By the way, 20 Egyptian pounds is the equivalent of less than $4USD.  For that, I got 3 mangoes and a big, juicy cantaloupe  I thought I did well.  I beamed.  I strutted.

I bragged to a friend: "I paid only 20 pounds and got 3 beautiful mangoes and a juicy cantaloupe!"  Friend: "Oh, is too much."
Me: [Insert confused look]
Friend: "Is too much. You shouldn't have paid more than 15 pounds."


But every money conversation follows this general pattern here in Cairo. So when it came time to make plans to visit the pyramids, EVERYONE chimed in.  Especially when we agreed to pay $120US for a private tour (and driver) for a half-day tour.  Everyone practically sang "IS*TOO*MUCH!

Yet, we'd heard the horror stories of people heading to the pyramids alone.  100 pounds to get in to see the inside of a pyramid.  200 pounds to get out.  15 pounds to get your kid a camel ride.  500 pounds to get him back.  Lots and lots of horror stories.  Lots and lots of exhausted, icky faces when telling their stories of the pyramids.  We didn't want that.  At all.

So we forked it up front (and for the record, I don't think $120 for a private Egyptologist tour guide, car, and driver plus admission tickets is too much.  If anything, I'd say we got a deal!).  We made arrangements with our nanny to keep Kellen (most of Cairo is NOT baby-friend, not even the tourist destinations) and our driver and guide arrived at our home this morning and drove us to the pyramids.  Along the route, the guide gave a nice history of Egypt and answered many of our questions.  When we arrived, he got our tickets for us and helped us navigate the guards.  We went to the first pyramid and he gave us the history.  And then encouraged us to enjoy some free time roaming around the pyramid.  He helped us navigate the sellers and the camel rider offers.  We took lots of pictures and then went back to the car and drove to the next two pyramids and the panoramic view site.

Here our tour guide offered us camel rides with a merchant he knew personally.  We happily agreed (50 pounds per person, plus 20 pounds tip for the boys leading the camel).  No camel riding off into the distance with our lovely munchkins with ransom for return.  Nope.  We had a lovely, lingering camel ride.  The boys used our cameras and took our pictures.  We thoroughly enjoyed this trip.

Then our tour guide navigated us through the merchants and gave us some simple tips:  buy it if you want it and know that you may or may not be overpaying for it.  Or we could leave and shop at a gift shop later.  We opted to browse the merchants and Abby found a sweet 3-camel jeweled trinket set.  I got a scarf. Owen got a keychain.  We didn't worry if "is too much" (although we did hear it and say it just for the fun of bargaining).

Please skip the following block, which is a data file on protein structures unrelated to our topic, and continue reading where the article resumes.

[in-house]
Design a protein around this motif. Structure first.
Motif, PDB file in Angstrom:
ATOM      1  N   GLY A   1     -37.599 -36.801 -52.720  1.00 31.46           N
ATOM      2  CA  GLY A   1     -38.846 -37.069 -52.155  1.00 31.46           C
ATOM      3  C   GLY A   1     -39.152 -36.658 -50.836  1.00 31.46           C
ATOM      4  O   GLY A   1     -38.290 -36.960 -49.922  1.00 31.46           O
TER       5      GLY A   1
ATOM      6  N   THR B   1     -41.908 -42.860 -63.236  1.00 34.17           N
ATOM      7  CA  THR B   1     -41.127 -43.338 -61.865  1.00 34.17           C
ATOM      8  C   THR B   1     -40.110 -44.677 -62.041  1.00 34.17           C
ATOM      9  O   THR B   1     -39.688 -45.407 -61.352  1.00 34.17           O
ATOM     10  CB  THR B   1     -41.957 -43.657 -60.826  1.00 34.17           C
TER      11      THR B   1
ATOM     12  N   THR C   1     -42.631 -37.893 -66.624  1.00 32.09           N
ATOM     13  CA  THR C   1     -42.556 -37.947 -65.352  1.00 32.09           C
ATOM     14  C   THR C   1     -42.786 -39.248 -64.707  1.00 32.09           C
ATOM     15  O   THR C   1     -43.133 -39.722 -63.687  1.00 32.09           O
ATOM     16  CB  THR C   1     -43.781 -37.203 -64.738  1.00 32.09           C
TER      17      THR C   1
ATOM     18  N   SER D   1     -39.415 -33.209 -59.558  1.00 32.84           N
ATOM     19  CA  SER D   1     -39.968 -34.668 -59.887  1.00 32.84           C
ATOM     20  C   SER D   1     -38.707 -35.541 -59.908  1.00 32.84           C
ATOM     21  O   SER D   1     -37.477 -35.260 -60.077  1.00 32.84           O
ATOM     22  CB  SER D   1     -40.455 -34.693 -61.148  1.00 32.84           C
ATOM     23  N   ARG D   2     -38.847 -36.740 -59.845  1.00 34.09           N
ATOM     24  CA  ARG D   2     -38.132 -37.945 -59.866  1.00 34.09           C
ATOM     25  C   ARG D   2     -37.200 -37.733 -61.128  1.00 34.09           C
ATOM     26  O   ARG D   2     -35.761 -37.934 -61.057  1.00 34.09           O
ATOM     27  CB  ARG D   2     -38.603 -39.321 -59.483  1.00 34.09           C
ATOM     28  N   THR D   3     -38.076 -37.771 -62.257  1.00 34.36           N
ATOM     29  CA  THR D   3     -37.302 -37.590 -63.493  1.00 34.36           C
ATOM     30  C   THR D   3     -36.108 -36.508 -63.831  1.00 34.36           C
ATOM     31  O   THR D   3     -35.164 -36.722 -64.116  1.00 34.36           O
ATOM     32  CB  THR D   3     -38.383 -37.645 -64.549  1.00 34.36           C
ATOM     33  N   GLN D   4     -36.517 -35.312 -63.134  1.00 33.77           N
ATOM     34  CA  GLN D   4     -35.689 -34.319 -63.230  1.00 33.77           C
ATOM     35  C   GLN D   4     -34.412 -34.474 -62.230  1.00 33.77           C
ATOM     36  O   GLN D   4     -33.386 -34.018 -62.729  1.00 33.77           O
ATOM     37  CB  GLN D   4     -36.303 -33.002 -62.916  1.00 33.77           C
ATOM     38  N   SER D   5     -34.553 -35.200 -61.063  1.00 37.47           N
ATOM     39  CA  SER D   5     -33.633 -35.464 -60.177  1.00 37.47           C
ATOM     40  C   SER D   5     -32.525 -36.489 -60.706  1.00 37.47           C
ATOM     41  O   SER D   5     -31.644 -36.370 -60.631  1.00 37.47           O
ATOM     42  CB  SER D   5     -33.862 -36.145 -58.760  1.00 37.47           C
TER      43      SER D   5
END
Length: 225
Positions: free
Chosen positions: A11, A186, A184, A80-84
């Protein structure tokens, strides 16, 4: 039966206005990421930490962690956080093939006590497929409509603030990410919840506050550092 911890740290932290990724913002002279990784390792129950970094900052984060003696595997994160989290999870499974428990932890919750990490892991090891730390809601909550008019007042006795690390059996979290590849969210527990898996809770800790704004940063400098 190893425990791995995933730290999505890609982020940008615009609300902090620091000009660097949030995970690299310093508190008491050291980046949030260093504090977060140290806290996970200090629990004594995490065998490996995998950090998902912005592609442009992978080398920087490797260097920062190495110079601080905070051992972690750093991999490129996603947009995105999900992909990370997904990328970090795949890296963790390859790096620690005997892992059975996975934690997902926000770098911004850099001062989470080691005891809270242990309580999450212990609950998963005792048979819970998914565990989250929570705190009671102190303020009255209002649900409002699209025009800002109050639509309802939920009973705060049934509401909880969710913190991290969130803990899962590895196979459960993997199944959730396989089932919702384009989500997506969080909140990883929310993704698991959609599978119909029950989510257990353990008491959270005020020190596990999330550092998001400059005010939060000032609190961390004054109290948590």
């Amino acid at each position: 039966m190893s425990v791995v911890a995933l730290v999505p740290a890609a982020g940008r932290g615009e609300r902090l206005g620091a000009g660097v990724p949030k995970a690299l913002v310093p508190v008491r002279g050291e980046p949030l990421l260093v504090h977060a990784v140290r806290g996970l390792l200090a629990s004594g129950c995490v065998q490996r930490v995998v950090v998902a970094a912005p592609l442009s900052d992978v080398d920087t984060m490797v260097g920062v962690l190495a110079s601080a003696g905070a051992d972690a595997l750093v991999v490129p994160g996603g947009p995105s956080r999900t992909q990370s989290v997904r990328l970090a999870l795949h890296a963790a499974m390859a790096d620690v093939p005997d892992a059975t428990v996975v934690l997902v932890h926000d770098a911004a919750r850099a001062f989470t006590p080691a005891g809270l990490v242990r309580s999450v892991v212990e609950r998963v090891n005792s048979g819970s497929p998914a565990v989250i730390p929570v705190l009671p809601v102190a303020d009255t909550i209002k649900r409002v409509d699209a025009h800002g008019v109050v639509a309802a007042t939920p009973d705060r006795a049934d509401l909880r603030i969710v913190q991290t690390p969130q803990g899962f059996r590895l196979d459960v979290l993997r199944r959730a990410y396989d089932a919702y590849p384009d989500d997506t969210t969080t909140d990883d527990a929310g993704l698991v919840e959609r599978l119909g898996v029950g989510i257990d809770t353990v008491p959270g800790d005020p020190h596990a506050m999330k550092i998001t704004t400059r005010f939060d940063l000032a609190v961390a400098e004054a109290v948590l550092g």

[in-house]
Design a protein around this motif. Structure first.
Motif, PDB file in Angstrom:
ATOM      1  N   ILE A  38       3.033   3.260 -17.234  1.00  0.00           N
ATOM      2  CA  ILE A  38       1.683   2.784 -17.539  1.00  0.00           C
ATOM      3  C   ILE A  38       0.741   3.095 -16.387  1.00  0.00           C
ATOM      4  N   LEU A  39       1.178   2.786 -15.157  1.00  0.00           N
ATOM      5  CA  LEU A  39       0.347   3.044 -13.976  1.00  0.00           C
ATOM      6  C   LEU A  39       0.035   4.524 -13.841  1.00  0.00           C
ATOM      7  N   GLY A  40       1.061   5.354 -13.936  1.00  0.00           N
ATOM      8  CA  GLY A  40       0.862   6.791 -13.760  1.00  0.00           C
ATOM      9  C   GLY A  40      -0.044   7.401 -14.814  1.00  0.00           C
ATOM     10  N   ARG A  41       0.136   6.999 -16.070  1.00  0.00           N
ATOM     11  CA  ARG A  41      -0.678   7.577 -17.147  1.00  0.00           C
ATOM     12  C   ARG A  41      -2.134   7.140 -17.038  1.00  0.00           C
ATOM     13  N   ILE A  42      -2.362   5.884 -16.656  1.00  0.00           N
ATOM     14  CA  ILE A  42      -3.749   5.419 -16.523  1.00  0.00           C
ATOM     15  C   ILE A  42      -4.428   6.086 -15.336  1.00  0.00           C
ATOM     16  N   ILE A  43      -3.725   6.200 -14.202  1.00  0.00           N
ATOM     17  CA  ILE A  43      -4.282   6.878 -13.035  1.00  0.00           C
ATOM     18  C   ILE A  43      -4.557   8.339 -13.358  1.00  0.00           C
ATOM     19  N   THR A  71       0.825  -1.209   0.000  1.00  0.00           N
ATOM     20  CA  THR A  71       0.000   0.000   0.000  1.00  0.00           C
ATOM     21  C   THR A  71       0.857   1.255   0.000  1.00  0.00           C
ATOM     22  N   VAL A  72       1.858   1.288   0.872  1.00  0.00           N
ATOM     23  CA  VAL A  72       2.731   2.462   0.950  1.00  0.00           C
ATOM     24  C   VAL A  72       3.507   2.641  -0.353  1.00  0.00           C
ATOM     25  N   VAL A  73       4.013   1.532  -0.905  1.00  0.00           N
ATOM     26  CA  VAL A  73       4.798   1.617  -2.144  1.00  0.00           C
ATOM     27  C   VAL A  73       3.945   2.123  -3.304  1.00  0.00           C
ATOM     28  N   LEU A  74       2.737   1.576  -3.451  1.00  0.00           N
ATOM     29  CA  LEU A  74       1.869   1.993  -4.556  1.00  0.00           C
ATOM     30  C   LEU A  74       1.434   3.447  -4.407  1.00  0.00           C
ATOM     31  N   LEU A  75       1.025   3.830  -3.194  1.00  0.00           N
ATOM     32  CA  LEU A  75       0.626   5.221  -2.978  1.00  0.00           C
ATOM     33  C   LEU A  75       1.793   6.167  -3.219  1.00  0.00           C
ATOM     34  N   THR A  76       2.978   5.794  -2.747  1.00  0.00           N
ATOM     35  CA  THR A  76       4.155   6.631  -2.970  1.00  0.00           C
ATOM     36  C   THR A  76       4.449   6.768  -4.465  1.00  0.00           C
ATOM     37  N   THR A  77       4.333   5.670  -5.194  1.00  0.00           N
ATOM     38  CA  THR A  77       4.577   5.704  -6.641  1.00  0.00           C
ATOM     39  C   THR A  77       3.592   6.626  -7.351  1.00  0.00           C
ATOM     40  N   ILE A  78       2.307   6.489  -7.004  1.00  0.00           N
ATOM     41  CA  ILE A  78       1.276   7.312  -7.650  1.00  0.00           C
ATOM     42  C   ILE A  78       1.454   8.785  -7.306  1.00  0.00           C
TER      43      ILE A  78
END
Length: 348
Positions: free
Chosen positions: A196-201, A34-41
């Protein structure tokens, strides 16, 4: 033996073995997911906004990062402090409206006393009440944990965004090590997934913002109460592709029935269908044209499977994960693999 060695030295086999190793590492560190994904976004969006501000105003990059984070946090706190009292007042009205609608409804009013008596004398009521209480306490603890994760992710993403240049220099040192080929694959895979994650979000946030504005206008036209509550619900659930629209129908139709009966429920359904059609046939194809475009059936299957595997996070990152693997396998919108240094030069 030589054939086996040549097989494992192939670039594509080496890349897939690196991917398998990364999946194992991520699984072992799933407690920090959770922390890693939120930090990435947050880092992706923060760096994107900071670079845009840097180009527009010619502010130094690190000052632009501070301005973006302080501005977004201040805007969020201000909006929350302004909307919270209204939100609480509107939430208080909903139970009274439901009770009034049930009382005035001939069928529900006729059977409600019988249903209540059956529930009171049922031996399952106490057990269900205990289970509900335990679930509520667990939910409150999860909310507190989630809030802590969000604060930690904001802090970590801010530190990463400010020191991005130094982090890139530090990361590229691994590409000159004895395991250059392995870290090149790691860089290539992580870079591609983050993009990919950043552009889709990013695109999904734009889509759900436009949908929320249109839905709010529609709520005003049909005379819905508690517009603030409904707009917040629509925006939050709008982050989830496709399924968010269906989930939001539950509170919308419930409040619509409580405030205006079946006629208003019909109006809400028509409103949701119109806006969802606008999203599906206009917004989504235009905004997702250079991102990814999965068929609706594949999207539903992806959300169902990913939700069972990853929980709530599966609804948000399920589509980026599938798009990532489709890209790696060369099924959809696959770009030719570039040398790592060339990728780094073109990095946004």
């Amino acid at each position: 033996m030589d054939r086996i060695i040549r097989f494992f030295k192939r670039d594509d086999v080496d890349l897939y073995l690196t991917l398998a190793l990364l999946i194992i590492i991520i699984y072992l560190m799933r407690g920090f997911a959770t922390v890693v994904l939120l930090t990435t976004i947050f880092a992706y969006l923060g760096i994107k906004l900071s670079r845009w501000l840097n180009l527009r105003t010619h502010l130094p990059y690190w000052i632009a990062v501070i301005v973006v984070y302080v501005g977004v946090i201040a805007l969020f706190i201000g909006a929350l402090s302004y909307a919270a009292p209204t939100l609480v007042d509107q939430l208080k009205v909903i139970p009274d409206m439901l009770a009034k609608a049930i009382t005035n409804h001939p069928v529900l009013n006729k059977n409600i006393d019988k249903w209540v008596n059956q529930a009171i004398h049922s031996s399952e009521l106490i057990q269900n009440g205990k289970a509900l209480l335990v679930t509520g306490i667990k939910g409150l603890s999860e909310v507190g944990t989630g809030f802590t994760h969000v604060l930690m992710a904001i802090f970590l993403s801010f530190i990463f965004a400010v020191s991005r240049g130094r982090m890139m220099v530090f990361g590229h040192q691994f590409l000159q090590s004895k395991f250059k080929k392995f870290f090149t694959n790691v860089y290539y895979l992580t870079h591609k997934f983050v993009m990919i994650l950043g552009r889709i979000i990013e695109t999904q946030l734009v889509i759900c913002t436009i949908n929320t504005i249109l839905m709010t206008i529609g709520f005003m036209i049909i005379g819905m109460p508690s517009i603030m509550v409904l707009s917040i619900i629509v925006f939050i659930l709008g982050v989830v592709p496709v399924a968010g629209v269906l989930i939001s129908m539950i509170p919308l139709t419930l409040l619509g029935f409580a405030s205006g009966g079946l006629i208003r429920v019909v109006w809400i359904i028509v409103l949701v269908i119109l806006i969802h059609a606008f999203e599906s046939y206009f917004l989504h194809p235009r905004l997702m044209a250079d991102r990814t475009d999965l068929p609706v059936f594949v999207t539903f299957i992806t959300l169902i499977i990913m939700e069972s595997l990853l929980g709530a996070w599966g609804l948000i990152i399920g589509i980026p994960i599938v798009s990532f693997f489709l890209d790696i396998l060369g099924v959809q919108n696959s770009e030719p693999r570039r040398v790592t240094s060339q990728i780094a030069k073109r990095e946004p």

We hopped in our car again and drove to the Sphinx.  The tour guide pointed out nearby tombs and where mummification took place.

All of it was breathtaking.  And I'll be honest - the Pyramids and Sphinx were never on my 'bucket' list in life.  If you'd ask if I wanted to go there, I'd say sure, I guess so, but it wasn't something I felt I HAD to do or even really wanted to do.  But I am so glad I got to see this today.  It really is awe-inspiring.

We finished out our day with a trip to a papyrus museum and a gift shop.  The shopkeeper was knowledgable and we purchased some lovely items for ourselves.  The best part? All items had actual price tags on them, and we didn't have to bargain it down.

Our driver and tour guide returned us to our home in the early afternoon and we thanked them profusely for the wonderful time we had.  We hadn't experienced the anxiety that others had on their trips, we'd learned quite a bit about Egyptian history, and we'd enjoyed the sites.  Stress-free.  Really.  $120USD?  Is NOT too much.

If you'd like the contact name for our tour guide, please let us know.  We'll be using him in the future for other tours around Cairo, too!

Enjoy the photos.

Most pictures I've seen don't show just how close the
pyramids are to Giza.
And Cairo is off in the distance.

Super Strong.
Super-duper strong.


Friday, September 16, 2011

Home Sweet Home and Adjusting to Life in Cairo

Maadi, Cairo at sunset.  I love the skyline.
Cairo.  Two weeks later, I'm still jetlagged.  No idea why, but I am.  2pm is like the death knell for me.  I want to sleep so baaaaaad.  But I grab a latte and chug through it.  Or I work out at the gym (since running here is more a game of chicken than running).  And later in the night, it's all I can do to stay up past 9pm.  Makes me feel old.

Other complaints?  I'm gonna throw it out there - "Mummy Tummy", "Tut Gut", "Pharaoh's Revenge".  All of these amusing slogans do NOT do the local stomach bug justice.  It is horrible, it is painful, it is gross.  We've all served our time and served it so well that I hope we never have to serve at the whim of the porcelain god again.